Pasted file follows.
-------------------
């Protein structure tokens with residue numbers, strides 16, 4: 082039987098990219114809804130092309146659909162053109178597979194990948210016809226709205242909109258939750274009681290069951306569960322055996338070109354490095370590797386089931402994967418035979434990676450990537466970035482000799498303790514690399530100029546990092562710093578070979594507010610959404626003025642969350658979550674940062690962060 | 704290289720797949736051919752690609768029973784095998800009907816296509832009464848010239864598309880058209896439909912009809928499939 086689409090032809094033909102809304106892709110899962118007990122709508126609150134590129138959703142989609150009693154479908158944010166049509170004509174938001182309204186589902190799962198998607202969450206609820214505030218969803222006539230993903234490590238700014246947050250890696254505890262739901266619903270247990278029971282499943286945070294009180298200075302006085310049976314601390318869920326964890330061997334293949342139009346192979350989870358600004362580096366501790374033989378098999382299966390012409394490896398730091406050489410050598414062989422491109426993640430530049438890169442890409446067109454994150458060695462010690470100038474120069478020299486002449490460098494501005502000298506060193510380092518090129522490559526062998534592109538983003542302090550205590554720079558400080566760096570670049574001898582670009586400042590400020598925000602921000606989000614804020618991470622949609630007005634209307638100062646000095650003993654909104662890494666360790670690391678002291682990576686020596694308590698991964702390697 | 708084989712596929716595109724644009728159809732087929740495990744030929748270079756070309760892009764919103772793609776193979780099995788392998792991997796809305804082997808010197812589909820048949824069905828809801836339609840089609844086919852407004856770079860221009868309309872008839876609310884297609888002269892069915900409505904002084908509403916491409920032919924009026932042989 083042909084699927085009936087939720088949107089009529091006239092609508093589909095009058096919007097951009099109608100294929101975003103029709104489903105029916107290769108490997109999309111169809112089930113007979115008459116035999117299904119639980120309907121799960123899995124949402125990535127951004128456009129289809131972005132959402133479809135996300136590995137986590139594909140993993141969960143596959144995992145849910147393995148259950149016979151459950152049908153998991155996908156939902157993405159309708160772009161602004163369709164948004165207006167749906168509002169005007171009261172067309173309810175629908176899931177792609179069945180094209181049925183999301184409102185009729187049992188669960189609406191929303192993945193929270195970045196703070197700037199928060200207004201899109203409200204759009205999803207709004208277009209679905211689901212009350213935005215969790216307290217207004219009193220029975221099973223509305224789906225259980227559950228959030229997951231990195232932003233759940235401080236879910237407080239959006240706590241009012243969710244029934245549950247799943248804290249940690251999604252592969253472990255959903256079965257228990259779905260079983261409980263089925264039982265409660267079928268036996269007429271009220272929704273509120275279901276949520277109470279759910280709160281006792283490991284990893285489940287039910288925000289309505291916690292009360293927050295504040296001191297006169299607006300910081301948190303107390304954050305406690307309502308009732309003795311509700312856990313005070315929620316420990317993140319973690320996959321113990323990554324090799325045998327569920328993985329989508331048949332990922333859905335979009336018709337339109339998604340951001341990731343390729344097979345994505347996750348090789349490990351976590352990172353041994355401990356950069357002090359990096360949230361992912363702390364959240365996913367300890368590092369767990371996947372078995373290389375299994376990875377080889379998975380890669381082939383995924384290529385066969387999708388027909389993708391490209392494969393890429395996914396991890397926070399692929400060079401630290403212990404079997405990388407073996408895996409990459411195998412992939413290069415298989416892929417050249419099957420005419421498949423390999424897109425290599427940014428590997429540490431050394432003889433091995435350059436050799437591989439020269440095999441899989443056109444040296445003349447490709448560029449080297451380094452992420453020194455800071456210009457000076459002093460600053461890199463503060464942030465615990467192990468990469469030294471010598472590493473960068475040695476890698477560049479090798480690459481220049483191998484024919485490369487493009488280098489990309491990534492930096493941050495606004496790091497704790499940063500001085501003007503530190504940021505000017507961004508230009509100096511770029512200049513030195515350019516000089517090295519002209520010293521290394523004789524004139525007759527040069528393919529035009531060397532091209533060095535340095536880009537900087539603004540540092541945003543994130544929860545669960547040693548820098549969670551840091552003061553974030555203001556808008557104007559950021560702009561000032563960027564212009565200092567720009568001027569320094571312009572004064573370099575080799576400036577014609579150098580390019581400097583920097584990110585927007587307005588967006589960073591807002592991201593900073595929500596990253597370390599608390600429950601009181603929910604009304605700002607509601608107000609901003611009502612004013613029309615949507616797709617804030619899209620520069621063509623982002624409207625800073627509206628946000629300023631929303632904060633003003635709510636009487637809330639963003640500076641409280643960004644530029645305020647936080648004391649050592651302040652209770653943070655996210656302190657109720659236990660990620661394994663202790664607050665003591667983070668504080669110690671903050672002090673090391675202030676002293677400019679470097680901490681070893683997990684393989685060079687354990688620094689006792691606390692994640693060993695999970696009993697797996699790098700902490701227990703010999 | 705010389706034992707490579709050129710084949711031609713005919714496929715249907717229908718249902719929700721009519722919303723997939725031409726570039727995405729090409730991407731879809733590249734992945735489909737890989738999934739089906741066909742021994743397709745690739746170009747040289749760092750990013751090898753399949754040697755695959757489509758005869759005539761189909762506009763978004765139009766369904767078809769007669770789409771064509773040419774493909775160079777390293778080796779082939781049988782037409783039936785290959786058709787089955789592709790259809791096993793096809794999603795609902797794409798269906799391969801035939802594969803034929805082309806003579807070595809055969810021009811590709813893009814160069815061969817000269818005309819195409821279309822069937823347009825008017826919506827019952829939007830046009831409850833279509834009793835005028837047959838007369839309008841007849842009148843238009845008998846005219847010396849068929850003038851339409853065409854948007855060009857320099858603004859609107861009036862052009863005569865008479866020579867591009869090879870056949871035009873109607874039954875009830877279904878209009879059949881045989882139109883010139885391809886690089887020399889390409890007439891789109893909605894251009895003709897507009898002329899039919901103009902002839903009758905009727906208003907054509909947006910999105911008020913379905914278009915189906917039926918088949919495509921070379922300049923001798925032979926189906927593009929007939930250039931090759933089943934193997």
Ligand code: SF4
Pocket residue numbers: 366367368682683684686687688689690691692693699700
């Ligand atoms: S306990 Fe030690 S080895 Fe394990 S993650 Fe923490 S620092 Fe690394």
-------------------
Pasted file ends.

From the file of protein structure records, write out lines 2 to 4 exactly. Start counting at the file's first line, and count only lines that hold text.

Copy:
Ligand code: SF4
Pocket residue numbers: 366367368682683684686687688689690691692693699700
């Ligand atoms: S306990 Fe030690 S080895 Fe394990 S993650 Fe923490 S620092 Fe690394």